The Historical Jesus: The Life of a Mediterranean Jewish Peasant

Front Cover
Harper Collins, Jul 13, 2010 - Religion - 544 pages

"He comes as yet unknown into a hamlet of Lower Galilee. He is watched by the cold, hard eyes of peasants living long enough at a subsistence level to know exactly where the line is drawn between poverty and destitution. He looks like a beggar yet his eyes lack the proper cringe, his voice the proper whine, his walk the proper shuffle. He speaks about the rule of God and they listen as much from curiosity as anything else. They know all about rule and power, about kingdom and empire, but they know it in terms of tax and debt, malnutrition and sickness, agrarian oppression and demonic possession. What, they really want to know, can this kingdom of God do for a lame child, a blind parent, a demented soul screaming its tortured isolation among the graves that mark the edges of the village?"

–– from "The Gospel of Jesus," overture to The Historical Jesus

The Historical Jesus reveals the true Jesus––who he was, what he did, what he said. It opens with "The Gospel of Jesus," Crossan's studied determination of Jesus' actual words and actions stripped of any subsequent additions and placed in a capsule account of his life story. The Jesus who emerges is a savvy and courageous Jewish Mediterranean peasant, a radical social revolutionary, with a rhapsodic vision of economic, political, and religious egalitarianism and a social program for creating it.

The conventional wisdom of critical historical scholarship has long held that too little is known about the historical Jesus to say definitively much more than that he lived and had a tremendous impact on his followers. "There were always historians who said it could not be done because of historical problems," writes Crossan. "There were always theologians who said it should not be done because of theological objections. And there were always scholars who said the former when they meant the latter.'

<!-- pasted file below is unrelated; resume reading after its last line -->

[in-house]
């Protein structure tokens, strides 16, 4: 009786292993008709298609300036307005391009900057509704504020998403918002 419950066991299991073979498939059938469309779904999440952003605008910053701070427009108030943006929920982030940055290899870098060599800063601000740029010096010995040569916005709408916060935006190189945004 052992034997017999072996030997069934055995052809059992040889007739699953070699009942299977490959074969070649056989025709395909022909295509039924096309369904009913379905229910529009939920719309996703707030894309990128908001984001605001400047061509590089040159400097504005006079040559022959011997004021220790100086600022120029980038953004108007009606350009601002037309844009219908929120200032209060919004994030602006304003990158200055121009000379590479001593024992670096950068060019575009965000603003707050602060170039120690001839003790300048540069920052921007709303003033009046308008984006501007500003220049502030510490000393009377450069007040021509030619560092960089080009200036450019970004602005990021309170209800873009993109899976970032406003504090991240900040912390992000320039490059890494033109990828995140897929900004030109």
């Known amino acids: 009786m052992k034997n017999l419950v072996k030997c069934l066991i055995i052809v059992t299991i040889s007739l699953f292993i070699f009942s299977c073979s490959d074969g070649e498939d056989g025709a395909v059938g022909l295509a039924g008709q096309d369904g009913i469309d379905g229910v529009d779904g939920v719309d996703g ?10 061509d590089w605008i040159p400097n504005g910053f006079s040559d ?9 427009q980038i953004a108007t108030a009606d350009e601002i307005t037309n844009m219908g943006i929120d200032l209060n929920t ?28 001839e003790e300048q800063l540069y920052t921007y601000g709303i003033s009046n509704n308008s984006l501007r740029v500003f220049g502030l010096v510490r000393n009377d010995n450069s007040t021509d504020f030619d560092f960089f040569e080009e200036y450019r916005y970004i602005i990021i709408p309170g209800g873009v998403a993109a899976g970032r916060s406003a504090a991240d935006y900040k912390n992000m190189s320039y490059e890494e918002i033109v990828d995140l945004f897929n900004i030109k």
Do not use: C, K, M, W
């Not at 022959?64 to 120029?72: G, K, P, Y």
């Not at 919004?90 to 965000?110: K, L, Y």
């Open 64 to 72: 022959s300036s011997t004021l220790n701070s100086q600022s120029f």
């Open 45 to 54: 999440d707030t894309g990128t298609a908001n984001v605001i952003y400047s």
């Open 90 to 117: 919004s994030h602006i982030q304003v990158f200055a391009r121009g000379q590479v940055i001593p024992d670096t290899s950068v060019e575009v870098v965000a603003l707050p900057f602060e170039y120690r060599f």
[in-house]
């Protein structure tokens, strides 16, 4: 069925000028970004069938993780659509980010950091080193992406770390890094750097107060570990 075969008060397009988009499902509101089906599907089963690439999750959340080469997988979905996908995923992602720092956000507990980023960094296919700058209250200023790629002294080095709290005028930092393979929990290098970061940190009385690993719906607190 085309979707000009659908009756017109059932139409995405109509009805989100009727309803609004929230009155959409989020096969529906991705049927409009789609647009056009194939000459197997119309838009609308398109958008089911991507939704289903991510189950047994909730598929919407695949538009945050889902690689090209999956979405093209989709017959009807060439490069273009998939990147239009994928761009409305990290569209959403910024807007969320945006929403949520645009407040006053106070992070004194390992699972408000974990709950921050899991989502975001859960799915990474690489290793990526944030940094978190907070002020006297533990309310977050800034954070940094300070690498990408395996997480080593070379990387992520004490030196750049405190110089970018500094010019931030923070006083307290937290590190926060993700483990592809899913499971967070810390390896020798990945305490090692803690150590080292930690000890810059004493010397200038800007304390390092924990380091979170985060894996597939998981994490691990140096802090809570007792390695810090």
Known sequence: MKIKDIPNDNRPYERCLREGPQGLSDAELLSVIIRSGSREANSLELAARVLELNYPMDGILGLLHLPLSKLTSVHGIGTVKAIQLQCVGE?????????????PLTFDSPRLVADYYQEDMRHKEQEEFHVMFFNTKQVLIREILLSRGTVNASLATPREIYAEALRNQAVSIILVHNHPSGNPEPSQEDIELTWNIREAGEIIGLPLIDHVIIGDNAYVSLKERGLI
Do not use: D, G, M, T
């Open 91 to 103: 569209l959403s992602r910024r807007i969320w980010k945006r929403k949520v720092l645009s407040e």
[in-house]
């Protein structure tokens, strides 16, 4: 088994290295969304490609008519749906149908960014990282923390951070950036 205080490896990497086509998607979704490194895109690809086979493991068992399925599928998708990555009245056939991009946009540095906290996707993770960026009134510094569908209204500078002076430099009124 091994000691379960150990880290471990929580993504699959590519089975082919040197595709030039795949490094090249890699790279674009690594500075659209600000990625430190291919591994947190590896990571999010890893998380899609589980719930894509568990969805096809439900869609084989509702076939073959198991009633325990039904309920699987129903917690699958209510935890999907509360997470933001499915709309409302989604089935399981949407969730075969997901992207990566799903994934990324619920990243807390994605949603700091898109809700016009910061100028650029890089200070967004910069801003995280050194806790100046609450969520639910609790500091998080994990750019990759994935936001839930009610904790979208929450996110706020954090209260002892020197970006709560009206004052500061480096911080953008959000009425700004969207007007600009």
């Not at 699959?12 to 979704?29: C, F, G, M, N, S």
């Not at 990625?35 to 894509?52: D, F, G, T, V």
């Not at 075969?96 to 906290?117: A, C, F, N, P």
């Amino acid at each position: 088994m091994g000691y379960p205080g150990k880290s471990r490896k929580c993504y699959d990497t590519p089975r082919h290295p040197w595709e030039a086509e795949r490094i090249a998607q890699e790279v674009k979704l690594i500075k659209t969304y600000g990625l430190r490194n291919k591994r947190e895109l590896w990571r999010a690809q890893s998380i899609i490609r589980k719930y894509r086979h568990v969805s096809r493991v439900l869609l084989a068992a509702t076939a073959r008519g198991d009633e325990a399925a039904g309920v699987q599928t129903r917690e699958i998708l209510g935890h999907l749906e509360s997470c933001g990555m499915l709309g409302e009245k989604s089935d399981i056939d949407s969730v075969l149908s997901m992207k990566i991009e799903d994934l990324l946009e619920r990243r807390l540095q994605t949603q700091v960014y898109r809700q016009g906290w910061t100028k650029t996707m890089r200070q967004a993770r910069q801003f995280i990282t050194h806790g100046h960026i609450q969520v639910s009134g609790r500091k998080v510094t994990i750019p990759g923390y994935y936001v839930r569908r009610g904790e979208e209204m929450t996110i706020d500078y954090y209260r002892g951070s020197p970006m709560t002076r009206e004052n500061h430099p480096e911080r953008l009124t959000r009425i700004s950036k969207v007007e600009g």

With this ground–breaking work, John Dominic Crossan emphatically sweeps these notions aside. He demonstrates that Jesus is actually one of the best documented figures in ancient history; the challenge is the complexity of the sources. The vivid portrayal of Jesus that emerges from Crossan's unique methodology combines the complementary disciplines of social anthropology, Greco–Roman history, and the literary analysis of specific pronouncements, anecdotes, confessions and interpretations involving Jesus. All three levels cooperate equally and fully in an effective synthesis that provides the most definitive presentation of the historical Jesus yet attained.

 

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This monumental work by a leading biblical scholar combines history, literary analysis, and social anthropology into a comprehensive picture of the historical Jesus. Crossan clearly addresses textual ... Read full review

Contents

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LXV
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LXX
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LXXI
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LXXII